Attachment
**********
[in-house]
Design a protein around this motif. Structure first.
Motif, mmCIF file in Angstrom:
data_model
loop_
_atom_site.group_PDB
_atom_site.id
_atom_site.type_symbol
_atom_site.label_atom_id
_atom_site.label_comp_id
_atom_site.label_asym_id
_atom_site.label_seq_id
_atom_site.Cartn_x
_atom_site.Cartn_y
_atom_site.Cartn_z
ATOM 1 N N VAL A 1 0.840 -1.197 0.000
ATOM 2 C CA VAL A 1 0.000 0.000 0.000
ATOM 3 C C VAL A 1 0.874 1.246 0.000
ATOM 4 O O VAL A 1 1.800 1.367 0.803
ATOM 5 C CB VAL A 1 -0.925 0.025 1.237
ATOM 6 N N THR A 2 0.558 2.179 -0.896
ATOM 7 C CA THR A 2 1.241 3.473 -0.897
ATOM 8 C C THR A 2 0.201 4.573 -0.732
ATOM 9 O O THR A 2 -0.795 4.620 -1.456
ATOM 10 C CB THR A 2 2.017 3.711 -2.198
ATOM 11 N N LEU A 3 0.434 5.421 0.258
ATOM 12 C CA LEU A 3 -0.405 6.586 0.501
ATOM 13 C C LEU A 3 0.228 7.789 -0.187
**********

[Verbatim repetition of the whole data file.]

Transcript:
[in-house]
Design a protein around this motif. Structure first.
Motif, mmCIF file in Angstrom:
data_model
loop_
_atom_site.group_PDB
_atom_site.id
_atom_site.type_symbol
_atom_site.label_atom_id
_atom_site.label_comp_id
_atom_site.label_asym_id
_atom_site.label_seq_id
_atom_site.Cartn_x
_atom_site.Cartn_y
_atom_site.Cartn_z
ATOM 1 N N VAL A 1 0.840 -1.197 0.000
ATOM 2 C CA VAL A 1 0.000 0.000 0.000
ATOM 3 C C VAL A 1 0.874 1.246 0.000
ATOM 4 O O VAL A 1 1.800 1.367 0.803
ATOM 5 C CB VAL A 1 -0.925 0.025 1.237
ATOM 6 N N THR A 2 0.558 2.179 -0.896
ATOM 7 C CA THR A 2 1.241 3.473 -0.897
ATOM 8 C C THR A 2 0.201 4.573 -0.732
ATOM 9 O O THR A 2 -0.795 4.620 -1.456
ATOM 10 C CB THR A 2 2.017 3.711 -2.198
ATOM 11 N N LEU A 3 0.434 5.421 0.258
ATOM 12 C CA LEU A 3 -0.405 6.586 0.501
ATOM 13 C C LEU A 3 0.228 7.789 -0.187